Logic is to the philosopher what mathematics is to the physicist.
When I'm confronted with a controversial topic my training in logic compels me to think the subject through carefully and to arrive at a rational conclusion. This is the benefit of studying logic. Rather than teaching you to think (something humans do naturally and intuitively), logic trains you on how to think—that is, deliberately, carefully, and according to consistent patterns. This is what I meant when I said in part 1 of this series that logic "helps a person order their thinking."
Also in part 1, I explained the discipline of logic and identified four reasons why Christians should pursue the study of logic. Critical thinking, discussed in this article, is considered to be the practical application of the formal principles of logic.
Think It Through
But what does thinking through a topic in a rational manner actually involve? Philosopher and logician Ed L. Miller states in his highly-recommended primer, Questions That Matter:
"Careful thinkers strive to make their arguments, positions, and pronouncements rational, that is, well conceived, well evidenced, well stated, and persuasive."
Let's explore in the four aspects that Miller says make ideas and arguments rational.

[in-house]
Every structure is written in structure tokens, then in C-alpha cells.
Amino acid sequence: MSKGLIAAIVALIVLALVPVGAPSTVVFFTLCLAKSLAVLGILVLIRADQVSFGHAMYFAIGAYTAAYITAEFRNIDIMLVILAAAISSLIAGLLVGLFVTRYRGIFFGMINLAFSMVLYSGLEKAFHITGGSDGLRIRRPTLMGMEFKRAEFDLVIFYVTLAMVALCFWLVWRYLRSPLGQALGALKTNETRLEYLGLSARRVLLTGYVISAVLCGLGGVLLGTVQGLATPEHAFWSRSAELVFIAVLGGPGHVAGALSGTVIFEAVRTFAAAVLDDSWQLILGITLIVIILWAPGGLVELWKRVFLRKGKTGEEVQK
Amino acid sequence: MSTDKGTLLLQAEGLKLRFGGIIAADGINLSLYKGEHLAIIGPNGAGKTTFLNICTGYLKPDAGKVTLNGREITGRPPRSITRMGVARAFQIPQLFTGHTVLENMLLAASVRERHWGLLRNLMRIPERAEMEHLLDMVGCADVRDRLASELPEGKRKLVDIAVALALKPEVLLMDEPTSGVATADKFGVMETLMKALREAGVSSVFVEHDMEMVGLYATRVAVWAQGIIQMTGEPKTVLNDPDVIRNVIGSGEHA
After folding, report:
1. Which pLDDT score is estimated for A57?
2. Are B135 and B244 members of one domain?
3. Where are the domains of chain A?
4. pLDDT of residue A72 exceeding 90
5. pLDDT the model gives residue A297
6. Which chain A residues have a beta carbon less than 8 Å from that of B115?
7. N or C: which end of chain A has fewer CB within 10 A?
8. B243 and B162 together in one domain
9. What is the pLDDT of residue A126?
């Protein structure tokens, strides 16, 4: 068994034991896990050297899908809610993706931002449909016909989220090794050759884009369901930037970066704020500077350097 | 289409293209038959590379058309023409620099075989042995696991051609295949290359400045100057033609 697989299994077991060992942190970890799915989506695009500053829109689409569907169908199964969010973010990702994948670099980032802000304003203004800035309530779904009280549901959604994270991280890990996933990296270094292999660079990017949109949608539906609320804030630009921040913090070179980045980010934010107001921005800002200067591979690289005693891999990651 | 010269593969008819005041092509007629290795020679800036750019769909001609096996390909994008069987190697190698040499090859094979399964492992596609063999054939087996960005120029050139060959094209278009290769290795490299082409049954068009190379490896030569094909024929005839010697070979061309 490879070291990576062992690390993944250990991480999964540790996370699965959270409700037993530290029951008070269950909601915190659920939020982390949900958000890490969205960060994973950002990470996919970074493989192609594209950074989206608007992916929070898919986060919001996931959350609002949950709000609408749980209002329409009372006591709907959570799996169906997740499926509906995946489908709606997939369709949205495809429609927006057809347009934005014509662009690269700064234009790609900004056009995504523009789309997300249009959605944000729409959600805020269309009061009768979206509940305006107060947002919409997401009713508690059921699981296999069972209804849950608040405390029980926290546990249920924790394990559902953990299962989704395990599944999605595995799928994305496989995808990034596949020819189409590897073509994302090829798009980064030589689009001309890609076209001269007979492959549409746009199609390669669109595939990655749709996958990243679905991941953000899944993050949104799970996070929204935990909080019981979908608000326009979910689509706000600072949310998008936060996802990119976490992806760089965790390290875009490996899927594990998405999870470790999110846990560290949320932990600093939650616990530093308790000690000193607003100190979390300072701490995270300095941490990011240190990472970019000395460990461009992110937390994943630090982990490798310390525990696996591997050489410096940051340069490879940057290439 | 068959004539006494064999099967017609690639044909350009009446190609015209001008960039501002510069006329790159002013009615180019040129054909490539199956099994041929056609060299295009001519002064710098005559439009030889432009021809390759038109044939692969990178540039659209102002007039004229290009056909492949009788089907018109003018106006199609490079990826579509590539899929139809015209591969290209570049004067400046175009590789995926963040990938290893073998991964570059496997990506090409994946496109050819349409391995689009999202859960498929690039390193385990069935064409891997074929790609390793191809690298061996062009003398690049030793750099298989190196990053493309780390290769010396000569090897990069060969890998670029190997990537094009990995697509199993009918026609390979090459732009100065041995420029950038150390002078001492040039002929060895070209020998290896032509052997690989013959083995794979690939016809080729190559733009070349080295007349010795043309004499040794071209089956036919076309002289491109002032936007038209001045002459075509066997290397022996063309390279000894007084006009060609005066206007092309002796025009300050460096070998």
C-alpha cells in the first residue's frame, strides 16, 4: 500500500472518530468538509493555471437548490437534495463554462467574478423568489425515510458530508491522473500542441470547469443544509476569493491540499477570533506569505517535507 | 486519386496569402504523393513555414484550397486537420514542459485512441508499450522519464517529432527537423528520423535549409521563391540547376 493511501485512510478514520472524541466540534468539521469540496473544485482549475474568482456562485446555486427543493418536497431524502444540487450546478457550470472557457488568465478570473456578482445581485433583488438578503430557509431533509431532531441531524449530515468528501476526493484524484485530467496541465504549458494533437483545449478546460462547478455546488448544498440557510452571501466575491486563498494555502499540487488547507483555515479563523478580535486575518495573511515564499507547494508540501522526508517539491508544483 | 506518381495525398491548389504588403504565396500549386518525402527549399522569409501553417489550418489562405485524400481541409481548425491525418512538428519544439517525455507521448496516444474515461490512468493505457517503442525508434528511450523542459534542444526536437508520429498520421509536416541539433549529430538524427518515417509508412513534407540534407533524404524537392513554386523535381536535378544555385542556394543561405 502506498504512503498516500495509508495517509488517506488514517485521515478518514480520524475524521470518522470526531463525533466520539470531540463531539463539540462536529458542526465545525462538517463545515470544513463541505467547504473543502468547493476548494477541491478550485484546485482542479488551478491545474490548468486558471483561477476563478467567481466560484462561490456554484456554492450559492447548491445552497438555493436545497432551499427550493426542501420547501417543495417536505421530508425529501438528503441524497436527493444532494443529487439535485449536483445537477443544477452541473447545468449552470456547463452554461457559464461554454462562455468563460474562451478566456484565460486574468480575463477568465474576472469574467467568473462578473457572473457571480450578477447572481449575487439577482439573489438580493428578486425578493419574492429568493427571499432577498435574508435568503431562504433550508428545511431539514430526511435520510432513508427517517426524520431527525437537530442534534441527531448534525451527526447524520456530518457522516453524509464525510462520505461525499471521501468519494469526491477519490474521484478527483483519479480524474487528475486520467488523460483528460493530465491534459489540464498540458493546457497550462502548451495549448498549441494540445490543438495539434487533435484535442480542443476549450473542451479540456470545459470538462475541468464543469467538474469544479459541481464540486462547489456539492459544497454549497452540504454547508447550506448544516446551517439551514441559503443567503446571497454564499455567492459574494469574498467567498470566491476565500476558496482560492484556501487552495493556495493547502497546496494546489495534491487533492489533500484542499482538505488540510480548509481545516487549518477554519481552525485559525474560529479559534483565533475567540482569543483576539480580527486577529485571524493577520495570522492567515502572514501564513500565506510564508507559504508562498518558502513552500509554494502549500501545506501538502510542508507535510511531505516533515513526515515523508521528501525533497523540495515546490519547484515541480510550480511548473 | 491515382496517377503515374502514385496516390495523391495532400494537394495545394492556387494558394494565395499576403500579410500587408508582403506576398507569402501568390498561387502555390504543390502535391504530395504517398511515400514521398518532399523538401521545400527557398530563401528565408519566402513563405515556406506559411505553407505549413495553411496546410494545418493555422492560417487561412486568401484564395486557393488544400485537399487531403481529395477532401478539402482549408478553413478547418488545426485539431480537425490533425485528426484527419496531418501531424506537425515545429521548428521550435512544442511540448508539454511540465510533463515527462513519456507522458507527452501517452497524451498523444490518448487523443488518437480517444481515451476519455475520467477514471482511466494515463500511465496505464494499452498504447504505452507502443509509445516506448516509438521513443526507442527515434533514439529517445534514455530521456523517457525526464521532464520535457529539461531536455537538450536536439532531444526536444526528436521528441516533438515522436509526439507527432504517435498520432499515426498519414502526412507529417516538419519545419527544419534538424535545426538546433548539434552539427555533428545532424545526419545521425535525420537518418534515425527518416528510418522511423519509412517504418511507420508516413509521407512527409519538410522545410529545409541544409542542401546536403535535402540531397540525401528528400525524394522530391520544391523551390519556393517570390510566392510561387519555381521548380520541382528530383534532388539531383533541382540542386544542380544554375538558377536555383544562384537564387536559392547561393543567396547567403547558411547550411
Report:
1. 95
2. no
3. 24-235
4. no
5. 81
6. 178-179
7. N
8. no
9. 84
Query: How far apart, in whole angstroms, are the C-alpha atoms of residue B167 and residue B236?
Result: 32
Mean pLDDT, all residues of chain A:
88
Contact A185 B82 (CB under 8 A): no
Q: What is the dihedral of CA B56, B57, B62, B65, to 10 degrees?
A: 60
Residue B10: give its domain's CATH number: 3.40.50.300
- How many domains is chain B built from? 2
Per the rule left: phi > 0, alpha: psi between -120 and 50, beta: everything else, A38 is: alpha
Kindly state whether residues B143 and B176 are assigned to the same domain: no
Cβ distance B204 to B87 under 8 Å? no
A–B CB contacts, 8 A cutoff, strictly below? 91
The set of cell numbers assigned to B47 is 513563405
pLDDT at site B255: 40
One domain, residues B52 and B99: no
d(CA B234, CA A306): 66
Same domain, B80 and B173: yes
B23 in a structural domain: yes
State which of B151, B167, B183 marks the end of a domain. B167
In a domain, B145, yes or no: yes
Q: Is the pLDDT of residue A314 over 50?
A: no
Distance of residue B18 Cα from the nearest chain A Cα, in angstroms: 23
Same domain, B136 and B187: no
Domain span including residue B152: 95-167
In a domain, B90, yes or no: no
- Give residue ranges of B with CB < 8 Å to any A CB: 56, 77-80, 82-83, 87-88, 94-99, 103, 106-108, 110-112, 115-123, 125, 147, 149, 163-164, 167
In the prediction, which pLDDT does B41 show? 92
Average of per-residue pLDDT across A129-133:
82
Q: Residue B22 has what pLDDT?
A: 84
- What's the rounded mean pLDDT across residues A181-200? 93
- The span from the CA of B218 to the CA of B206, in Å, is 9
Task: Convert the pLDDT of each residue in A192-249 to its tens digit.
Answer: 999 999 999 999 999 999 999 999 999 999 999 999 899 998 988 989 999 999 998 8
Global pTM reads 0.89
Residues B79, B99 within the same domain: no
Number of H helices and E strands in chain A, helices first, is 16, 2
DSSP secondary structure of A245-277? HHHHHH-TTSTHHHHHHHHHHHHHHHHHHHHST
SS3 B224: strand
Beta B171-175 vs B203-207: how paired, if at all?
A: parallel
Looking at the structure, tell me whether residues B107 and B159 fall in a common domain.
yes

1. Is the idea or argument well conceived?
In thinking about a particular subject a person should ask whether the very foundation of the idea is sound. Well conceived ideas are logically coherent, possessing internal consistency or harmony. Sound ideas avoid self-stultification or being self-defeating in nature (contradictory by both affirming and denying the very essence of the idea or argument).
2. Is the idea or argument well evidenced?
An "opinion" (a person's belief about a given topic at a particular time) becomes an "argument" when a person attempts to buttress that opinion with facts, evidence, or reasons. An argument involves two things: (1) a claim (or conclusion); and (2) support (premises) for the claim. Solid ideas or arguments possess genuine support for the claims they make. Something is well evidenced when it possesses sufficient proof and backing—adequate in number, kind, and weight.
3. Is the idea or argument well stated?
Clarity and conciseness of thought and expression are hallmarks of good arguments. They avoid problems, like vagueness (blurred or fuzzy), ambiguity (multiple meanings), and grammatical error. Thinking, speaking, and writing reflect a critical logical unity.
4. Is the idea or argument persuasive?
Rhetoric (the persuasive use of language) is closely tied to logic. Ideas and arguments that are articulated in a clear, concise, and cogent (logically constructed) manner also tend to be forceful and compelling in terms of personal persuasion. When a person's thoughts are shaped and ordered according to the principles of logic, that person tends to convince others. People intuitively sense the force of well crafted ideas and arguments.
For more about the importance of logic and critical thinking, see my book A World of Difference: Putting Christian Truth-Claims to the Worldview Test.
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